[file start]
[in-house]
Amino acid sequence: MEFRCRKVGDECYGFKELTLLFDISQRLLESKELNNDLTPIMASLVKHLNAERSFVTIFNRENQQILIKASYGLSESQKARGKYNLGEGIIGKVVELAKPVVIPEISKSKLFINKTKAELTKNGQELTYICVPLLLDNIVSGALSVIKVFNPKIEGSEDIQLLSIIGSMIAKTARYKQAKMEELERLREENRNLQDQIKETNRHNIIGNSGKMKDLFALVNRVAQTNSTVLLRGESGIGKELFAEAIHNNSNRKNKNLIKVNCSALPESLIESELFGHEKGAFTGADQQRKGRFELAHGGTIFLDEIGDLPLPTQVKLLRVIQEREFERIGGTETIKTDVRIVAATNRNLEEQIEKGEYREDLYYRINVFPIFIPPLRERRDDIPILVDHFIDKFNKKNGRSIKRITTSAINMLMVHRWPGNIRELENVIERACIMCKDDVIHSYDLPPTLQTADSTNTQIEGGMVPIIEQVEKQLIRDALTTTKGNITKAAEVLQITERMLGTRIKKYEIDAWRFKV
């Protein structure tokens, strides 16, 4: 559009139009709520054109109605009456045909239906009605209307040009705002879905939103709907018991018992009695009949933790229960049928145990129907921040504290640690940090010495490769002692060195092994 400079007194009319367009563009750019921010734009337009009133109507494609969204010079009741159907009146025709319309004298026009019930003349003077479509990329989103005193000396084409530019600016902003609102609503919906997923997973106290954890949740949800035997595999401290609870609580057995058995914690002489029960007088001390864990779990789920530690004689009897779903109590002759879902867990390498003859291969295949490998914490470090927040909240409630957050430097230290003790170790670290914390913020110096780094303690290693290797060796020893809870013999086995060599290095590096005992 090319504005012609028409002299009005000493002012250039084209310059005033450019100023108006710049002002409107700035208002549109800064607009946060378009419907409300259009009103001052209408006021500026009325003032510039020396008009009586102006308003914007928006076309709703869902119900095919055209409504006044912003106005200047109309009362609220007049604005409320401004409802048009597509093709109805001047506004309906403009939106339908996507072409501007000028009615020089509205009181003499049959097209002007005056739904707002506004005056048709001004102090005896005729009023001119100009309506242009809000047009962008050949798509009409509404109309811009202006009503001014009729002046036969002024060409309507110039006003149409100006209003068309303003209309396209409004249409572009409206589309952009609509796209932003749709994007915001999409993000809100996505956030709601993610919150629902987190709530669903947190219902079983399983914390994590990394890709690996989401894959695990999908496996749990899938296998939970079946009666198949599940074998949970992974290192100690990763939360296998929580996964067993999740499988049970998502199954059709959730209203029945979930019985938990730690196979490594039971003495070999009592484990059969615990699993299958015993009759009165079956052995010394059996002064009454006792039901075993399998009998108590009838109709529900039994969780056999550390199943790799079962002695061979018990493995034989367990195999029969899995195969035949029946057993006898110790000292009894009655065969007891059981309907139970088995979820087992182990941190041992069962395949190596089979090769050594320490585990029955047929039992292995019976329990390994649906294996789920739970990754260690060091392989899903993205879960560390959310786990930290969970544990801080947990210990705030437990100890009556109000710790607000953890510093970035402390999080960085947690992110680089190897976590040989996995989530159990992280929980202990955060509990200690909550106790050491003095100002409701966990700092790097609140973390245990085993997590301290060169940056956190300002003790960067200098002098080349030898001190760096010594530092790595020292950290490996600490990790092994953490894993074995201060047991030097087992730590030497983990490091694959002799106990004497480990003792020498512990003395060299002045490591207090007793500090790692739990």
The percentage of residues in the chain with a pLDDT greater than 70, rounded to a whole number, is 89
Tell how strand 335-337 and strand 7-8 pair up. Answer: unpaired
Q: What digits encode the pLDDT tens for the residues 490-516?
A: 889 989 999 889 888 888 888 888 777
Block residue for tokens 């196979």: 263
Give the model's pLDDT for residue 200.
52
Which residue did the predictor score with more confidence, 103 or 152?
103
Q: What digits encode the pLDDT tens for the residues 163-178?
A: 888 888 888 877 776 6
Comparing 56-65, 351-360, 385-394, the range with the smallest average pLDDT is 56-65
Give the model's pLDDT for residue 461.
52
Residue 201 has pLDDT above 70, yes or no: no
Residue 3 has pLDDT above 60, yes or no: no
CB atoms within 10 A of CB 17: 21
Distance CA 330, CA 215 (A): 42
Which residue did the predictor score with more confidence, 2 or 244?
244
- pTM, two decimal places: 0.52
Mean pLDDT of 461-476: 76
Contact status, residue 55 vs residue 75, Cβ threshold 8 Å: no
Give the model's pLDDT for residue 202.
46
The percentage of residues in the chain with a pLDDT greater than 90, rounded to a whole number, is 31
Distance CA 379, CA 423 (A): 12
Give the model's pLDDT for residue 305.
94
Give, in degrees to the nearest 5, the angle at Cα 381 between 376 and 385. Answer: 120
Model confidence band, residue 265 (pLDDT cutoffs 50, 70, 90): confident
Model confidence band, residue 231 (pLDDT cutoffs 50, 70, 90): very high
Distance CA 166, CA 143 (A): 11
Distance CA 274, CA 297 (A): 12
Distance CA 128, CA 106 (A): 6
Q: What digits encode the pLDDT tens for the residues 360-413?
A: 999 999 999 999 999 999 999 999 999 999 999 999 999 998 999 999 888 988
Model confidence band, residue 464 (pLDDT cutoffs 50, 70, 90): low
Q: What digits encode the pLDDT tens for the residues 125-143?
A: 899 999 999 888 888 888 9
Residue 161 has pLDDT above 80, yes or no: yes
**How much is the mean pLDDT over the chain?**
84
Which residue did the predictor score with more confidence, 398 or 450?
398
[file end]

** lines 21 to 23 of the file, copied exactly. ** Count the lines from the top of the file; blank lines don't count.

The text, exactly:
Distance CA 330, CA 215 (A): 42
Which residue did the predictor score with more confidence, 2 or 244?
244